How to Choose the Right Merchant Cash Advance for Your Business

Date posted: December 12, 2012

By Scott Griest

Small business lending is up 18 percent in the last 12 months, a testament to how Main Street America is returning to healthy profits and growth after the economic downturn. However, navigating the sea of lending options can be overwhelming for most business owners. Most turn to traditional lending such as banks, but 50% of loan applications are rejected. For businesses that look to VC money, only 1% secure a deal, but the downside is losing equity in your business.

One viable alternative finance option for many small businesses is a merchant cash advance (MCA). A merchant cash advance is a quick and flexible financing option that can provide solid businesses with necessary capital in days, not months like traditional lenders.

Below are tips that can help determine if your business should consider an MCA:

  • You have a solid and stable business, but still can’t get access to capital – Banks reject half of small business loan applications because they rely on the credit quality of the owner and the value of collateral to support the credit decision. Banks can overlook and ignore good businesses because they don’t look at the overall health of the business based on its sales. A major benefit of working with an MCA involves a focus on the general health and future prospects of the business, not the owner’s personal FICO score.
  • You need cash quickly – For example, you get hundreds of unexpected orders and need to buy more inventory or supplies or need to work on renovations. An MCA can fund in 5 – 10 days. A bank will typically take more than one month to complete a loan.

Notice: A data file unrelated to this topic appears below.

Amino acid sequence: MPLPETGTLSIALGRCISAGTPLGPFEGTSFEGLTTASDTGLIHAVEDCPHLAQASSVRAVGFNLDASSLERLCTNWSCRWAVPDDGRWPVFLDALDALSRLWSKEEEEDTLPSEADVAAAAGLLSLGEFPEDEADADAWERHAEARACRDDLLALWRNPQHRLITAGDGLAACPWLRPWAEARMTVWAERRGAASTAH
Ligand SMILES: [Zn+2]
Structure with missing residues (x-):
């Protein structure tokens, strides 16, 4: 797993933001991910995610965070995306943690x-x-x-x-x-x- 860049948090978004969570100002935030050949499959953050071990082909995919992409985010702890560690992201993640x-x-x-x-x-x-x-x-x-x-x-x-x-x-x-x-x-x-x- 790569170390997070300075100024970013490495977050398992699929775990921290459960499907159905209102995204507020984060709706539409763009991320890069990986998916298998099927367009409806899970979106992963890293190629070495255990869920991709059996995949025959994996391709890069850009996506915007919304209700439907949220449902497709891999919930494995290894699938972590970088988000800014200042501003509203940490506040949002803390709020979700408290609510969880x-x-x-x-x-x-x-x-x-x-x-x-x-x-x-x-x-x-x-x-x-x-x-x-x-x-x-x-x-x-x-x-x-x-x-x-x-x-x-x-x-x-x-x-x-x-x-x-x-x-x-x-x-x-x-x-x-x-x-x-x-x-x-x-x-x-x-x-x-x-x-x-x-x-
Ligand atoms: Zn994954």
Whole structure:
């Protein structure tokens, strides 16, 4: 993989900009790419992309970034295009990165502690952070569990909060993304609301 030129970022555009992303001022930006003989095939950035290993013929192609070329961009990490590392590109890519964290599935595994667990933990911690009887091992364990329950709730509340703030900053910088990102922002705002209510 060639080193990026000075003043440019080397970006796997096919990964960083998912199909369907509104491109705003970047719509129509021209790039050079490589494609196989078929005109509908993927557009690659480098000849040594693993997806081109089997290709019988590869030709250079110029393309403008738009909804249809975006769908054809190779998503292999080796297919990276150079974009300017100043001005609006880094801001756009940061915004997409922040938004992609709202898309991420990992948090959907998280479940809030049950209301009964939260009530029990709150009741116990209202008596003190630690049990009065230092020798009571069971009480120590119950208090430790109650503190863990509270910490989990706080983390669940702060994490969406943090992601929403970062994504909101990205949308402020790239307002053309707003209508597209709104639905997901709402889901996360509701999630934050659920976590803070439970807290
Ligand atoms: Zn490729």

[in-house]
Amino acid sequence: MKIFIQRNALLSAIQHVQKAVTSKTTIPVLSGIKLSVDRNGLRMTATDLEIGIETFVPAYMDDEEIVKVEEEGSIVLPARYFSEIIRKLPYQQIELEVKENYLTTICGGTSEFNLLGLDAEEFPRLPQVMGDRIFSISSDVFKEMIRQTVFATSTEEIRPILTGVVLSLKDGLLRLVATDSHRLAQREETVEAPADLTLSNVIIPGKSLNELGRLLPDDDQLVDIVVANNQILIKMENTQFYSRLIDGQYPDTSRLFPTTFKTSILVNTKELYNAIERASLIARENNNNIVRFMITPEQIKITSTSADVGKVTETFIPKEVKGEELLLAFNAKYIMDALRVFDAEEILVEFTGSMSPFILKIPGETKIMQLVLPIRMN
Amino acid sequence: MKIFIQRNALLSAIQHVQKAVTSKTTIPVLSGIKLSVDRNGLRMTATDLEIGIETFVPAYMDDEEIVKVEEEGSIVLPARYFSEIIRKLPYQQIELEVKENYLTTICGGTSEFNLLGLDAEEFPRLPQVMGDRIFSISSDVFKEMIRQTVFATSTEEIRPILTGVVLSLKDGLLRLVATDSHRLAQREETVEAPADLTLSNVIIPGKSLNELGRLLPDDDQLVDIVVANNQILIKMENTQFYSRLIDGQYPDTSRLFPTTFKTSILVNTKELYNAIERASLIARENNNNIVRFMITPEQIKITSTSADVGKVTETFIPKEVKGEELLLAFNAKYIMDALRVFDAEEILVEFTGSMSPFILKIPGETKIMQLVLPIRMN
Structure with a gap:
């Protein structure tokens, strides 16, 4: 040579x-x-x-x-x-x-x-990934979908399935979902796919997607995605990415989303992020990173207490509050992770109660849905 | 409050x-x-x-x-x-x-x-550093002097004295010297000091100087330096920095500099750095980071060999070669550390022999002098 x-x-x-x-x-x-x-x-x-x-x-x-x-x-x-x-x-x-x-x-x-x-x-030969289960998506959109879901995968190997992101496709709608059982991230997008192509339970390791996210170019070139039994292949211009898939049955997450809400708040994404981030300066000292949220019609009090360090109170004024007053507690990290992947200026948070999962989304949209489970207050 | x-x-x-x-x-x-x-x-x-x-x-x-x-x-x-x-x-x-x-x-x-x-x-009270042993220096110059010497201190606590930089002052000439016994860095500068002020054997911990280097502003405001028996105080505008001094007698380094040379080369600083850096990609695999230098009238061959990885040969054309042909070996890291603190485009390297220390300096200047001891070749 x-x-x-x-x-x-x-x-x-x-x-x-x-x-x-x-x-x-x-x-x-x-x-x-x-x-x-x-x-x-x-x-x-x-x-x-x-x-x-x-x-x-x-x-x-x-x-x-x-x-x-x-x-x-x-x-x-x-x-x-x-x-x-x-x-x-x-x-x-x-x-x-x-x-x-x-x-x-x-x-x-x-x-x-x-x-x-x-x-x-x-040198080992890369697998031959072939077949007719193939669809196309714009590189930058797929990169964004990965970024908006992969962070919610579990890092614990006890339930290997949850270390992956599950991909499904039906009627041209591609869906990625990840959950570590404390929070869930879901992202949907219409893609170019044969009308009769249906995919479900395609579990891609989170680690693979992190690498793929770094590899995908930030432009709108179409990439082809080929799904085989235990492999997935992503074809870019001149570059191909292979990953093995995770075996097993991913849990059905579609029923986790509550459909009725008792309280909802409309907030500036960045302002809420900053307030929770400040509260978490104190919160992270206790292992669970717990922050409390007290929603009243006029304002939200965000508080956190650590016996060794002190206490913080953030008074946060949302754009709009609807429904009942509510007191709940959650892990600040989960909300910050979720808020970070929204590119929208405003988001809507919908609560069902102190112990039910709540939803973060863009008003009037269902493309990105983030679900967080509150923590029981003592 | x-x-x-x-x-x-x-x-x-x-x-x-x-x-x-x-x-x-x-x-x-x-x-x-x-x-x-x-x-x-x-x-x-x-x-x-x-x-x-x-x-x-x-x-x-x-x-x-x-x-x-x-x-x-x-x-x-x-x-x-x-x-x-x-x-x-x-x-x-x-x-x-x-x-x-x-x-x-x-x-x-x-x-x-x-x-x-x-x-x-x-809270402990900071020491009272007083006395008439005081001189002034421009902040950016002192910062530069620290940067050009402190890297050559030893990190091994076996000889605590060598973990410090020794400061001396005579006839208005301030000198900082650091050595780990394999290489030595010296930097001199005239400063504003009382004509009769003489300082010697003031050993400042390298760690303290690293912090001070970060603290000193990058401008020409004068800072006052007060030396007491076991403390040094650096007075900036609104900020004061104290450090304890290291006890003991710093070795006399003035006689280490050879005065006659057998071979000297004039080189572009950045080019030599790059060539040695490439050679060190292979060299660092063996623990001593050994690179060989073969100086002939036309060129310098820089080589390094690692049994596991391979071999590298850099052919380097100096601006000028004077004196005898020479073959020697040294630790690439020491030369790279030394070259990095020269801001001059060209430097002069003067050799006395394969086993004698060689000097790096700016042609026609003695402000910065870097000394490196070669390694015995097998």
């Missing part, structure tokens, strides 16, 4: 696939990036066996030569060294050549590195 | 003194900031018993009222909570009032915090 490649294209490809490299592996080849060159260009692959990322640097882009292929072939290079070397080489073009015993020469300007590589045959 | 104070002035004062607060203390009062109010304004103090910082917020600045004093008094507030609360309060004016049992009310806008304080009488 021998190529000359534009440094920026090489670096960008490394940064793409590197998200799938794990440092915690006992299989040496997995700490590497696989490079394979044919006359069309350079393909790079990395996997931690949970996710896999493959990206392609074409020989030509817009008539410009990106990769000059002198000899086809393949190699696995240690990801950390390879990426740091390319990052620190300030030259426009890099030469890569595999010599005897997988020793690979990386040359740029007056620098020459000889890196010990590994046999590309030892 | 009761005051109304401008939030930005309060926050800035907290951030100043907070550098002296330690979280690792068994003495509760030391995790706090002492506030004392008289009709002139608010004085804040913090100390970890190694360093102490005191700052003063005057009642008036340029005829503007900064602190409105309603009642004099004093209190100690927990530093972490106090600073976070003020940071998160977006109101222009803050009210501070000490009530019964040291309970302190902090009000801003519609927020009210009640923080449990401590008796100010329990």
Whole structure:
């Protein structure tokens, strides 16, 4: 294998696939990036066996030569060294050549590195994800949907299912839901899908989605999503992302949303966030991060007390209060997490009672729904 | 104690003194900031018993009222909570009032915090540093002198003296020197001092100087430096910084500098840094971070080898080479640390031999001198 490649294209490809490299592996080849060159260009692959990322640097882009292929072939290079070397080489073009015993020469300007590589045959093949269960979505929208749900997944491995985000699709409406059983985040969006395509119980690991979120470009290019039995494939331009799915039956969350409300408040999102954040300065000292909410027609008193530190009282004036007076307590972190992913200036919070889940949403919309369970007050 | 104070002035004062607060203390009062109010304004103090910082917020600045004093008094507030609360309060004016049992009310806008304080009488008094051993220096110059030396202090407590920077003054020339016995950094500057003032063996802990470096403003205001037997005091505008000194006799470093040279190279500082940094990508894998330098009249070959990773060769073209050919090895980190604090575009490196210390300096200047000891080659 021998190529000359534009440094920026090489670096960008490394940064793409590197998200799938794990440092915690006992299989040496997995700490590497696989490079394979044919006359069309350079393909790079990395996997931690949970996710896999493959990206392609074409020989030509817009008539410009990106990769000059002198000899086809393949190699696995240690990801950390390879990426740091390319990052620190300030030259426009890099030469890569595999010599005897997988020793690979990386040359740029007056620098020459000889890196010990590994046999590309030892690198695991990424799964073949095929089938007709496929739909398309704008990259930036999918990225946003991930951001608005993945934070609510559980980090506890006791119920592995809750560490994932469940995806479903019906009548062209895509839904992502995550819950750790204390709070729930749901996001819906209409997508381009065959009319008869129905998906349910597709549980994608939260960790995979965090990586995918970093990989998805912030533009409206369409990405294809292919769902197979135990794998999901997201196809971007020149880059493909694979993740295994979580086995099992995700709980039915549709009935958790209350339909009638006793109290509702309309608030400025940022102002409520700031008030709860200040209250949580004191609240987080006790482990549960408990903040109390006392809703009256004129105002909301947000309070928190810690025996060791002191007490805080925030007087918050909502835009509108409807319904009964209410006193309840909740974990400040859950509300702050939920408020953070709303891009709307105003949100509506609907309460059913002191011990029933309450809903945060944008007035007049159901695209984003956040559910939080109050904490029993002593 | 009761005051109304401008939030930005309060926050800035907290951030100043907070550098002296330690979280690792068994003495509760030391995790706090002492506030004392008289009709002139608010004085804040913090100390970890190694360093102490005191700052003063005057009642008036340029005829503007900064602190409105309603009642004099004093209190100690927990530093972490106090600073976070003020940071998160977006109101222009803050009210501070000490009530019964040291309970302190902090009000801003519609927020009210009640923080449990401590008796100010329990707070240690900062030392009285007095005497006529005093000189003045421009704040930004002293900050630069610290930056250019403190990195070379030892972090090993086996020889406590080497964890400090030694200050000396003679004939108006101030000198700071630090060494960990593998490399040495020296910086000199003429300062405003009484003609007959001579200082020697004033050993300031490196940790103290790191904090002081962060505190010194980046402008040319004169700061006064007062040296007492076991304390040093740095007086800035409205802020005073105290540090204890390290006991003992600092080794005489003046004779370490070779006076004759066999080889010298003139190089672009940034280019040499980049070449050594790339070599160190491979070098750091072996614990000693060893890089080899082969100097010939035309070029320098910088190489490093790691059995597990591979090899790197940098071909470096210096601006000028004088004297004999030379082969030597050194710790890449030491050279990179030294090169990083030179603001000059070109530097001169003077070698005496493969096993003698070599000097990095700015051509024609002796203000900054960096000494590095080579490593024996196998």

• You are a seasonal business – Seasonal businesses need cash during high season and require flexible repayment schedules to match their business activity. Unlike a loan, the repayment schedule of an MCA contract is tied to the amount of the merchant’s future sales. This allows a merchant with seasonal sales to gain access to much larger amounts of capital and decreases the merchant’s risk of default or having to repay a high, fixed amount per month during their slow season.
  • You have a young business (under 5 years old) – While most banks and other lenders require 3 – 5 years minimum business experience, most MCAs will provide financing after just the first year. To qualify with most MCAs, you only need to have been in business for one year and process at least $5,000 in credit card sales each month for the last four months.

Lastly, it’s important to look for ethical MCAs fully committed to the overall success of the small businesses they serve. For example, look for an MCA that applies a holistic approach to determine the funding amount and is willing to tell a business what is truly the right amount they can afford. Beware of unethical MCAs who are more interested in squeezing out high repayments from businesses.

When you work with a savvy MCA that allows you to get quick funding and re-pay it in a time structure that best works for your business, your business is able to address its needs – whether you need more inventory, want to jump on an immediate opportunity, execute a marketing campaign, relocate or expand – and grow as a result.

Scott Griest is founder and chief executive officer of American Financial Solutions (AFS), one of the nation’s fastest-growing merchant cash advances for small businesses. For more information, visit www.americanfinancesolutions.com.

Related Stories »

Leave a Reply

Your email address will not be published. Required fields are marked *


seven × = 7

You may use these HTML tags and attributes: <a href="" title=""> <abbr title=""> <acronym title=""> <b> <blockquote cite=""> <cite> <code> <del datetime=""> <em> <i> <q cite=""> <strike> <strong>

http://education.dandb.com/partner/90755/

Infographic »


USPS Lowers Rates
Read More…

Trends »

Get Updates »

Enter your email to subscribe to our RSS.

Small Business Events »

 

New Loan Center »

New Loan Center

Find a Small Business Loan

Top 25 Twitter Small Business Experts to Follow